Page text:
Watching the film and with the benefit of perspective, CONVERSATION PIECE is, in hindsight,  a hauntingly personal, elegiac baring of Visconti's soul.  Visconti suffered a debilitating stroke shortly after completing 1973's LUDWIG and was partially paralyzed from then on.  CONVERSATION PIECE was his next film, and it's clearly the work of a man who knows he's facing the end, and it's all there on the screen.  Rappaport even goes so far as to write that the film itself is Visconti's Last Will and Testament.   Admittedly, it's uneven at times, the English dubbing of the supporting cast is an ill fit, and there's some pointless shoehorning of Italy's then-volatile political situation into the crucial final sequences, but, with the passage of time, and years of film students studying Visconti and others of the Italian neo-realist movement, perhaps it's easier to focus on what does work in CONVERSATION PIECE, which is most of the film.  It's not without flaws and problems, but what it gets right is too powerful to simply dismiss.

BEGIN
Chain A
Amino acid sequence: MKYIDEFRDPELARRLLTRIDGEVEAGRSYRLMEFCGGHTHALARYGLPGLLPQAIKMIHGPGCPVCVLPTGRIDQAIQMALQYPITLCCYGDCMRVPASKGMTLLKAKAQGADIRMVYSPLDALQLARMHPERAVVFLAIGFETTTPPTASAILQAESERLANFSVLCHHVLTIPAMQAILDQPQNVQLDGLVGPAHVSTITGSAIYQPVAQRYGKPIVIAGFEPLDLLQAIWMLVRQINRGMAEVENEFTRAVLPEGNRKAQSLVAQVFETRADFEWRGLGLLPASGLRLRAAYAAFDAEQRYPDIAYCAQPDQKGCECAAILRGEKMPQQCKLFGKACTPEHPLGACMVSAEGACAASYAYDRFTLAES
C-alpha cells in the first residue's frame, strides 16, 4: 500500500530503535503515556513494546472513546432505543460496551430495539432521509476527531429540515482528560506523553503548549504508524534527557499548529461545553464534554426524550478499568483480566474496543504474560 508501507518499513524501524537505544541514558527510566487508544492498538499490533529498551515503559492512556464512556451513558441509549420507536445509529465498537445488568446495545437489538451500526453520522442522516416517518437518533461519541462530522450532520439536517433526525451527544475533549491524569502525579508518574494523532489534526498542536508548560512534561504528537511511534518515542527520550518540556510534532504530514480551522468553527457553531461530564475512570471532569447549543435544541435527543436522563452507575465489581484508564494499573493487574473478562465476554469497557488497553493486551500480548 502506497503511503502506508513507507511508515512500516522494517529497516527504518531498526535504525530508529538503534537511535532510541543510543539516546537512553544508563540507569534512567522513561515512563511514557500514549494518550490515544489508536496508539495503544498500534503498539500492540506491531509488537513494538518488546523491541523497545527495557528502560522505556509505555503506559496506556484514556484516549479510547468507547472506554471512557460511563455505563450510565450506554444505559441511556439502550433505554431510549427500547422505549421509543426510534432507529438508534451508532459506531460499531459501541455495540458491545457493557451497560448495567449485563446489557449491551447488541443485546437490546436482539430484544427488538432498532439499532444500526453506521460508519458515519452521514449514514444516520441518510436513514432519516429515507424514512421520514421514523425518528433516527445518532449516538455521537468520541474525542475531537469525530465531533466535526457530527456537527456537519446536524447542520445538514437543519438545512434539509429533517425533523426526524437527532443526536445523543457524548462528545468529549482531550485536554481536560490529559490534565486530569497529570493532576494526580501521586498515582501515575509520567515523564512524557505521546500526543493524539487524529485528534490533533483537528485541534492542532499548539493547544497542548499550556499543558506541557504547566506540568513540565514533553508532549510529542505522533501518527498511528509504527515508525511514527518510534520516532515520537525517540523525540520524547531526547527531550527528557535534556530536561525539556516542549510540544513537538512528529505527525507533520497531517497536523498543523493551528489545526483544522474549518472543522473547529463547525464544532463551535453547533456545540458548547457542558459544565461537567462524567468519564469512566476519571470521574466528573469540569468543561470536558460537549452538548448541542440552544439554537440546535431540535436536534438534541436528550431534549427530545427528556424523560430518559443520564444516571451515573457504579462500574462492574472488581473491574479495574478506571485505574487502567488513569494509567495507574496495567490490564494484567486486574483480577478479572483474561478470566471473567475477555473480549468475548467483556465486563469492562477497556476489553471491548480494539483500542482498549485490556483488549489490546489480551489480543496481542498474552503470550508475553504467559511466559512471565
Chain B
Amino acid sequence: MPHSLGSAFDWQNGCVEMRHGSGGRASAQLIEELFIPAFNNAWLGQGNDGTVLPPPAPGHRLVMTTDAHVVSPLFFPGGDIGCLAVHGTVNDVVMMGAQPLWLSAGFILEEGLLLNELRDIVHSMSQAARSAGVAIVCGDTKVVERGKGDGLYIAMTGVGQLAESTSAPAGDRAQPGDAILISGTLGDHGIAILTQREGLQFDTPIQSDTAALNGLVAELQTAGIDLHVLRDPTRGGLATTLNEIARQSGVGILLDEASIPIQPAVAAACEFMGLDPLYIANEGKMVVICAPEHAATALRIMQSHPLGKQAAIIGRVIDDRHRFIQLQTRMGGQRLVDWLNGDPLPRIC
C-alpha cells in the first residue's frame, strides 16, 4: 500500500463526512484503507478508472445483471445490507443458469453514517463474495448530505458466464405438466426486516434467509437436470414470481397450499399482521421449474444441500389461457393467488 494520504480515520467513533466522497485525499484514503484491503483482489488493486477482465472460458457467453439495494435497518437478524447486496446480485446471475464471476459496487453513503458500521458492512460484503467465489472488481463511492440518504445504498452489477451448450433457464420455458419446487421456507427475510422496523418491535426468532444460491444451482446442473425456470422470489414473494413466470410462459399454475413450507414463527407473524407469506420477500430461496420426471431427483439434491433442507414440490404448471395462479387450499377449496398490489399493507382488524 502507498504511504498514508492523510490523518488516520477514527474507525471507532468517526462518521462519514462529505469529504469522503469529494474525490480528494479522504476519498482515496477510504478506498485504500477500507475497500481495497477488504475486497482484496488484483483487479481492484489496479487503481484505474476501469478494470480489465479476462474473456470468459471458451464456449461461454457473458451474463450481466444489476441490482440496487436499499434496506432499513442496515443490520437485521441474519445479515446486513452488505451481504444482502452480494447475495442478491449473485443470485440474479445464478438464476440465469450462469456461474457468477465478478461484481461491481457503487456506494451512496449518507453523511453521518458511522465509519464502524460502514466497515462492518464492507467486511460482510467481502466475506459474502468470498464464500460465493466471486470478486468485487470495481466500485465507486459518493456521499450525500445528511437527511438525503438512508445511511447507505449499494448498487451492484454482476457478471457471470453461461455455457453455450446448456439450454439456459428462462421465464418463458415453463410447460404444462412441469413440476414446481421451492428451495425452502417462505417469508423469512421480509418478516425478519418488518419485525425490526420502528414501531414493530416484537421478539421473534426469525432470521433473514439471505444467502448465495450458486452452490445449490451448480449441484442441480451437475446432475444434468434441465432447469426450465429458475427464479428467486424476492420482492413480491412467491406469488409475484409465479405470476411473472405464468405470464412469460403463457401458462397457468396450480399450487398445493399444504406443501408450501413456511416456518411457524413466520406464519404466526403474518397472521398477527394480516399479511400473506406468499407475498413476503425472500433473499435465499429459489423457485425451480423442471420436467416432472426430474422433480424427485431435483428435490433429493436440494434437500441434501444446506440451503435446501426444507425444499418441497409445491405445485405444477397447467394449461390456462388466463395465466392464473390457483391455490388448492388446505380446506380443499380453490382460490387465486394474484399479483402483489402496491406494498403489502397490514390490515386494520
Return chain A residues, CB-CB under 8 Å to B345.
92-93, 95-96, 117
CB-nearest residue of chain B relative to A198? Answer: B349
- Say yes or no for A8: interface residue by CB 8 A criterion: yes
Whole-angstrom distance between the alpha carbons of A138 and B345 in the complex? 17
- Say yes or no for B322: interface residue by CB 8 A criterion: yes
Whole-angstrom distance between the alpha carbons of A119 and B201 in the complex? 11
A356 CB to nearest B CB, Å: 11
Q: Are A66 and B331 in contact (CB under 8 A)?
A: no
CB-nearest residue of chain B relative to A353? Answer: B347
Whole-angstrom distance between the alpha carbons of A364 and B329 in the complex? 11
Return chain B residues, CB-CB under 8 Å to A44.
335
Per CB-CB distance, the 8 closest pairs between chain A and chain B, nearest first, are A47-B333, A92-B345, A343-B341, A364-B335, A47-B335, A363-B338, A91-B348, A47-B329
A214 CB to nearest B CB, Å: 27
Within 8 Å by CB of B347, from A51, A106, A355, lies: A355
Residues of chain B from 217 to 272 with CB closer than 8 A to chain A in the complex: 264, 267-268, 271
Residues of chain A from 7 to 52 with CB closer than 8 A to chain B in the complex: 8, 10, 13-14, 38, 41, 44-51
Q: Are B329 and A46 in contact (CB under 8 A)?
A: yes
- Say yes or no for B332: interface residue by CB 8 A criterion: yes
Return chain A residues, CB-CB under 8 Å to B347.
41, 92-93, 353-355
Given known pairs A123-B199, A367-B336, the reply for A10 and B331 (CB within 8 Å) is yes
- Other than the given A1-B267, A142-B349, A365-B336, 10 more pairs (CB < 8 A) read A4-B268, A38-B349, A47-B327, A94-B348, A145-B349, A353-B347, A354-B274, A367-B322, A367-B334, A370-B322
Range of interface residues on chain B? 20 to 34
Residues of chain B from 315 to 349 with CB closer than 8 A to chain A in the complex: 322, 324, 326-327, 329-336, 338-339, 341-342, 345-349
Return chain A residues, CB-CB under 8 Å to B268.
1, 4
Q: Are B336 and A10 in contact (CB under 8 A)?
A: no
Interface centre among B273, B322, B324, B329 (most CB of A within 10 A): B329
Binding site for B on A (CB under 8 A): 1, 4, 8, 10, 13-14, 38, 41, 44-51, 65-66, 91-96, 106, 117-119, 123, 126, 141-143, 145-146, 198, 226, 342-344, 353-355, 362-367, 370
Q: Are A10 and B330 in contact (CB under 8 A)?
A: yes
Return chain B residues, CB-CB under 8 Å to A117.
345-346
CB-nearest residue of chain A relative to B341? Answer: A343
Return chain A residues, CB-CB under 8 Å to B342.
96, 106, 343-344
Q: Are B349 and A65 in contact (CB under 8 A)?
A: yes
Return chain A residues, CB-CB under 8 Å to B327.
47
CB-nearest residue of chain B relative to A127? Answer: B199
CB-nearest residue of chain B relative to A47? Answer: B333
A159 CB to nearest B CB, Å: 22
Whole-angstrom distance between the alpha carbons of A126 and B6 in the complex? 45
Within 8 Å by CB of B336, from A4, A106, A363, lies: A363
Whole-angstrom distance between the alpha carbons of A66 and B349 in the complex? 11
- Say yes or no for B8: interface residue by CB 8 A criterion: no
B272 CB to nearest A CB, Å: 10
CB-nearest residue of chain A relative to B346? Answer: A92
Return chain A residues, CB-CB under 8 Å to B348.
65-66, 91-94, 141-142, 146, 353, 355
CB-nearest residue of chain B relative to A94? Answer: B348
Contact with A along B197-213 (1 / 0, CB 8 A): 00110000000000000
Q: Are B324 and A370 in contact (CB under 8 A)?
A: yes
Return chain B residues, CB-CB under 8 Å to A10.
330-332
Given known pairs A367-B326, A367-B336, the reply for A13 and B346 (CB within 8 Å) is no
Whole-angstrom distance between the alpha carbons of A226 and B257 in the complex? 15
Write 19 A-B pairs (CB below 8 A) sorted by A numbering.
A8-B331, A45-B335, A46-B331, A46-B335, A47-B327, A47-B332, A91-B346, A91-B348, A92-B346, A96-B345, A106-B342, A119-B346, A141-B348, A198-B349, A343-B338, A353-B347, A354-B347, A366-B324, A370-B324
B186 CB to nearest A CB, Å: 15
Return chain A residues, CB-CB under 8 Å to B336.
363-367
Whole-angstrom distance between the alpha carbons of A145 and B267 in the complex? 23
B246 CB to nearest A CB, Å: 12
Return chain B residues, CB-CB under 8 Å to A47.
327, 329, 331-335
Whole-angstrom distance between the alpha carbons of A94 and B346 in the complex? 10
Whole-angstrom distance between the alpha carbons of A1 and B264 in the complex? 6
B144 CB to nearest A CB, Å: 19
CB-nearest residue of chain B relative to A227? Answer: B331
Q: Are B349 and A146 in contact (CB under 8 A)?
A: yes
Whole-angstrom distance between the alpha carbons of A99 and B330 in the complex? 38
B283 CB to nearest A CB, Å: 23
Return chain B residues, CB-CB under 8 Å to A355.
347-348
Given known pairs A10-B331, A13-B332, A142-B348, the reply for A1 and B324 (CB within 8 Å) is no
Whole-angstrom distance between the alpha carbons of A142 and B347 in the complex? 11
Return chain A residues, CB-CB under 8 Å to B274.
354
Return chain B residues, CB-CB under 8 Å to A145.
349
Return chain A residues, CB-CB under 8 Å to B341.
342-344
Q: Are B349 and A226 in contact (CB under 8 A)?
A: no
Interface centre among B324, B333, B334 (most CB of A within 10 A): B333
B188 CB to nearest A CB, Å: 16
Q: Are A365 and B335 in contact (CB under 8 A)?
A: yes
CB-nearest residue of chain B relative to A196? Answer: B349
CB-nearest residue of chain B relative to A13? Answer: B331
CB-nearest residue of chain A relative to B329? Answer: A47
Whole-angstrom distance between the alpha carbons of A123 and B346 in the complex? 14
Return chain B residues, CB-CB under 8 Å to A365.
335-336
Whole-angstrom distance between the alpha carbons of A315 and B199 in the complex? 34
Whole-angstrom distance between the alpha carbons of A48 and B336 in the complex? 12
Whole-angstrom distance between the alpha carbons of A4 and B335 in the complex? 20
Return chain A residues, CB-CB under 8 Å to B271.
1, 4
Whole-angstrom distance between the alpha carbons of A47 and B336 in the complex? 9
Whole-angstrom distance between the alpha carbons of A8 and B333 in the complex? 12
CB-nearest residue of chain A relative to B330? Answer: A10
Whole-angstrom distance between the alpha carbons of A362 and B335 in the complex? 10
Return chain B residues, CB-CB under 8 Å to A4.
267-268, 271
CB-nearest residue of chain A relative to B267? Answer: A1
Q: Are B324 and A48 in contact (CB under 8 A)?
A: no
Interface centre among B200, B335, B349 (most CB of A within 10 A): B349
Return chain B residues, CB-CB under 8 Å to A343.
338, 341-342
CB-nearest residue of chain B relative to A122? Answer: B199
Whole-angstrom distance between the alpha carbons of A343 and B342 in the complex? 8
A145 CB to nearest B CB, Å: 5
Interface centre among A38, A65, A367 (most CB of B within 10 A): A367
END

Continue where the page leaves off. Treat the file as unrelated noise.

Poster for the film's 1977 US release